Based on the error message that you get, I don't think /dev/urandom is the problem. If it were, I'd expect an error like "no such file or directory". I searched for the error message you got and found this, which seems like it might be relevant to your issue: http://nerdbynature.de/s9y/?176 Basically, specify the locale by prepending the tr command with ...


13

For dd, you can send a signal. For other commands that are reading or writing to a file, you can watch their position in the file with lsof. lsof -o -p1234 # where 1234 is the process ID of the command lsof -o /path/to/file If you plan in advance, pipe the data through pv.


13

Don't try to parse find output except as a last resort. It is important to realize that on Unix file systems, file names are not strings (a common misconception) but rather binary blobs which can contain any character except / and the null character. Parsing file names safely and correctly is enough of a pain that 99% of the time you'll just want to avoid ...


13

If you're using OS X's Terminal.app, it will capture Page up/down keypresses and just scroll the window contents, as if you used the scroll bar. You can use Shift+Page up/down to send them to the application inside the terminal. Using that, you should be able to scroll by a page at a time using: Control+B [ Arrows keys or Shift+Page up/down Control+C when ...


12

The behavior of shell utilities does differ in minor ways between unix variants. There are many unix variants, with a complex history. There are standardisation efforts such as the POSIX standard and its superset the Single UNIX specification. Most systems nowadays implement POSIX:2001, also known as the Single UNIX Specification version 3, with minor ...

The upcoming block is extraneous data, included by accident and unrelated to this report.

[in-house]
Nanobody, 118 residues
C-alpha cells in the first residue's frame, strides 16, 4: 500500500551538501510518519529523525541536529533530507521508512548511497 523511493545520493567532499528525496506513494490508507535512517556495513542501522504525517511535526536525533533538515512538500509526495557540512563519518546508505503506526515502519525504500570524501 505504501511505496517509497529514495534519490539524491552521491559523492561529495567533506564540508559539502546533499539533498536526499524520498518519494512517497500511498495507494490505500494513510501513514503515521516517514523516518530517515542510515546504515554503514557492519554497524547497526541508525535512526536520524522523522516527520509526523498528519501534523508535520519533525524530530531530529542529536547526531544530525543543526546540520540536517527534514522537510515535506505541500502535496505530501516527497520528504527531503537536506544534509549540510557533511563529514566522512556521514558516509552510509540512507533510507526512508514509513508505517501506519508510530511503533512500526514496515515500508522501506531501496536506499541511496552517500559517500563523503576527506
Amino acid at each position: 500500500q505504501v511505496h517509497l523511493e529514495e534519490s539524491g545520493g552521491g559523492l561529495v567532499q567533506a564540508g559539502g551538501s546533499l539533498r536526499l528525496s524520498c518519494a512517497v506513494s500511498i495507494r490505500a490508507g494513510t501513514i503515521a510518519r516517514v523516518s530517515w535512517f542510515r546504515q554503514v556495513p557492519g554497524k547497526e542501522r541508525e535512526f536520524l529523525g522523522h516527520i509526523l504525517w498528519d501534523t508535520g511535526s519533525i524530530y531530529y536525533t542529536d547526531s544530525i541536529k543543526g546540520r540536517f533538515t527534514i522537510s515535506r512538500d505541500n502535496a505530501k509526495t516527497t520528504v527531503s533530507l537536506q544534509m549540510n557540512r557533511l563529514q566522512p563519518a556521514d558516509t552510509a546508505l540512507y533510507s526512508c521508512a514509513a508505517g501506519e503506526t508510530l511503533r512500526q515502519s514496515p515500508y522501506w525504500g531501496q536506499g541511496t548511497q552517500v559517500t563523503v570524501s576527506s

12

I can answer only for Ubuntu. In Ubuntu the root user has a locked password. From passwd man page: -l, --lock Lock the password of the named account. This option disables a password by changing it to a value which matches no possible encrypted value (it adds a '!' at the beginning of the password). You can see the ! ...


12

Why not use rsync --progress [SRC] [DST] Do check the man rsync page because it has a lot of very useful options. -a for archive is a good start, but it depends on your exact requirements. Copying through a pipe will unnecessarily slow down the copy process, especially if it is files based.


12

This can be do the same thing with purge: sync && echo 3 > /proc/sys/vm/drop_caches From man proc: /proc/sys/vm/drop_caches (since Linux 2.6.16) Writing to this file causes the kernel to drop clean caches, dentries and inodes from memory, causing that memory to become free. To free ...